People with dementia sometimes become more confused, restless or agitated later in the afternoon or in the early evening. They may become more demanding, upset or suspicious and can sometimes even see or hear things that aren’t real, particularly at night.
For some people with dementia, their attention span and concentration can become more limited than normal at this time, while others can become more impulsive and actively respond to their own ideas of reality, which can place them at risk.
This behaviour is known as sundowning.
What Causes Sundowning?
It is not clear what causes sundowning, however, it seems to occur as a result of changes that are happening in the brain. People with dementia will typically get tired more easily and can become more restless when they are tired.
Sundowning can also occur due to less sensory stimulation when it’s dark. After the sun goes down, people with dementia get fewer cues from the environment, with lower light and less noise than in the daytime.
As well as these behavioural changes, a person experiencing sundowning, can also have physical reactions such as hunger, feeling uncomfortable, being in pain or needing to go to the bathroom. In many cases, they will express these feelings through restlessness and agitation.
If you’re caring for someone with dementia, there are certain things that you can do to manage sundowning, as follows.
1. Stick to a schedule
People with dementia can struggle with new routines. They are likely to react to unfamiliar places and things with feelings of agitation and confusion. By keeping to the same daily schedule, particularly in the evening and after dark, you can help the person with dementia feel more calm and secure.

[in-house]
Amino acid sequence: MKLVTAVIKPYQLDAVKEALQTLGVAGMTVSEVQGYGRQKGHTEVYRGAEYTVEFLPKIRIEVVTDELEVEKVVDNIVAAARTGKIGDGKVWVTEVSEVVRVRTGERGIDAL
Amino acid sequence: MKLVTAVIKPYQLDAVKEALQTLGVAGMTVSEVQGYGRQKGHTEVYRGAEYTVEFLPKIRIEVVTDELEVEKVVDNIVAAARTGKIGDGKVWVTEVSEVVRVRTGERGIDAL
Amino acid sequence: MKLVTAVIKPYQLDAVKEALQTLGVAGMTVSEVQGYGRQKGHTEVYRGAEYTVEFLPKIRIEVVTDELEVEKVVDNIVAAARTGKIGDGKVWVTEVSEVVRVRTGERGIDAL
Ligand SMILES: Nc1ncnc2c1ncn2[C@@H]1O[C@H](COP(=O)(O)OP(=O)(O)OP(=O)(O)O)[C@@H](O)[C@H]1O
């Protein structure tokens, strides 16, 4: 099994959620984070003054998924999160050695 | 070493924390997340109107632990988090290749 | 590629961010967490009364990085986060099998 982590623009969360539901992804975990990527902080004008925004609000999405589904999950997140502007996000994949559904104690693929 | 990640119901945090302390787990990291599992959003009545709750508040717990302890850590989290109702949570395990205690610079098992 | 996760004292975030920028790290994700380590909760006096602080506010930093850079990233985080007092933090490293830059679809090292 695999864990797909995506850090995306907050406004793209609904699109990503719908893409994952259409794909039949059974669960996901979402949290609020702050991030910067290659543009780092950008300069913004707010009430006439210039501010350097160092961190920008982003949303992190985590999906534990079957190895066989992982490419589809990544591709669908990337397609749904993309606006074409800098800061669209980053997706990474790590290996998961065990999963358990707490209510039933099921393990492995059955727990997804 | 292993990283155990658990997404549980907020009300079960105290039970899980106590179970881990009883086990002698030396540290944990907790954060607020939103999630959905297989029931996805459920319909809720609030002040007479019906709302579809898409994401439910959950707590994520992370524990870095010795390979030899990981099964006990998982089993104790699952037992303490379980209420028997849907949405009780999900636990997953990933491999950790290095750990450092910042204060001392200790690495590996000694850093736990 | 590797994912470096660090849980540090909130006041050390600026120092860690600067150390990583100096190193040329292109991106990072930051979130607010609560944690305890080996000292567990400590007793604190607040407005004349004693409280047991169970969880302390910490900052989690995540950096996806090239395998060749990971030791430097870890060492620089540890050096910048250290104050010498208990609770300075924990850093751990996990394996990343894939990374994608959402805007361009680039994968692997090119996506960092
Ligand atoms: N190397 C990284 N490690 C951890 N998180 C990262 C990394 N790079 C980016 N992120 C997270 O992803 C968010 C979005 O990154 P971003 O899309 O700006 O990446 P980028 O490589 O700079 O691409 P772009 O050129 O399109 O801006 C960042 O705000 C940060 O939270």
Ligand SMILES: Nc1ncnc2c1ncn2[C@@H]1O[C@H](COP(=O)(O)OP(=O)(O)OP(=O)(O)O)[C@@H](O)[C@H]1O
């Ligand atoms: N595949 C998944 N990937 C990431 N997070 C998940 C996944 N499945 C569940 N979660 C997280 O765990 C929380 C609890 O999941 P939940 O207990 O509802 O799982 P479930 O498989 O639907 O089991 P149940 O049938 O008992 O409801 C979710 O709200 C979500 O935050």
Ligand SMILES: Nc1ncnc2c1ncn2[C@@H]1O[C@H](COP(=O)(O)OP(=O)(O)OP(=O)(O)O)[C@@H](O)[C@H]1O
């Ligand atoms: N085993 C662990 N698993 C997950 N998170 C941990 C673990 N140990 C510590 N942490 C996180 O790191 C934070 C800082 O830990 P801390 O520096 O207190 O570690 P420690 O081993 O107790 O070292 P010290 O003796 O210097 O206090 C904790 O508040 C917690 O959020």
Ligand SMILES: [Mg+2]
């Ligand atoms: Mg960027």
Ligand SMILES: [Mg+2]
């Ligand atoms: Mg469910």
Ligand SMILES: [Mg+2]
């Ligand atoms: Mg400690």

2. Alter Eating Patterns
Having a large meal in the evening can increase agitation in the person with dementia and may keep them awake later at night. Adjusting eating patterns by limiting evening food intake to a light meal can help to make the person with dementia to feel more comfortable and rest easier at night. In addition, it can be useful to encourage your loved one to avoid consuming alcohol or caffeine later in the day.
3. Keep Active
Fatigue is a common trigger of sundowning. However, many people who experience sundowning struggle to sleep at night, which creates a vicious cycle.
In order to try to help the person with dementia get a good night’s sleep, you can try to help them stay active during the day. Instead of dozing on the sofa, try to encourage them to go for a walk with you or clear some space indoors to dance. By getting to sleep easier at night, they may be less tired in the evening, which can help with sundowning symptoms.
4. Monitor Behaviour
There are several different situations that can trigger sundowning. The specific circumstances that result in sundowning behaviours will vary from person to person. To identify what is triggering the person that you care for, it can be helpful to use a journal or smartphone app that records daily activities, environment, and behaviour. After recording this information over a period of time, you can start to identify patterns in order to learn which situations seem to make their symptoms worse. Once you have identified the triggers, it is easier to avoid them.
5. Reduce Stress
Frustration and stress can add to the confusion and agitation of a person with dementia. During the sundowning period, it’s particularly important to try to help the person with dementia stay calm by doing simple activities that aren’t too difficult or intimidating. In later stages of dementia, the person may find it too much to watch television or read a book during these hours. Playing soft music can create a calm and quiet environment for them.
6. Focus on Familiarity
The world can be an intimidating place for someone with dementia. Comfort and familiarity can help them through this. Ensuring the person is surrounded by things that they find comforting such as their favourite blanket or family photos can help to keep them calm.
7. Care for Yourself
Caring for a person with dementia who is experiencing sundowning symptoms can be exhausting. As a caregiver, it’s important that you also take care of yourself so that you are in the best frame of mind to give the person with dementia the patience and support that they need. Ensure you eat well, try to stay active and get enough sleep. Your doctor can suggest respite services if this is something that may be of assistance to you.
If you’re caring for someone with dementia, you may find the Dementia Live® course beneficial. The course gives you the opportunity to experience what it is like to have dementia, in order to gain a greater understanding of how the person in your care is feeling and why they may act in a certain way.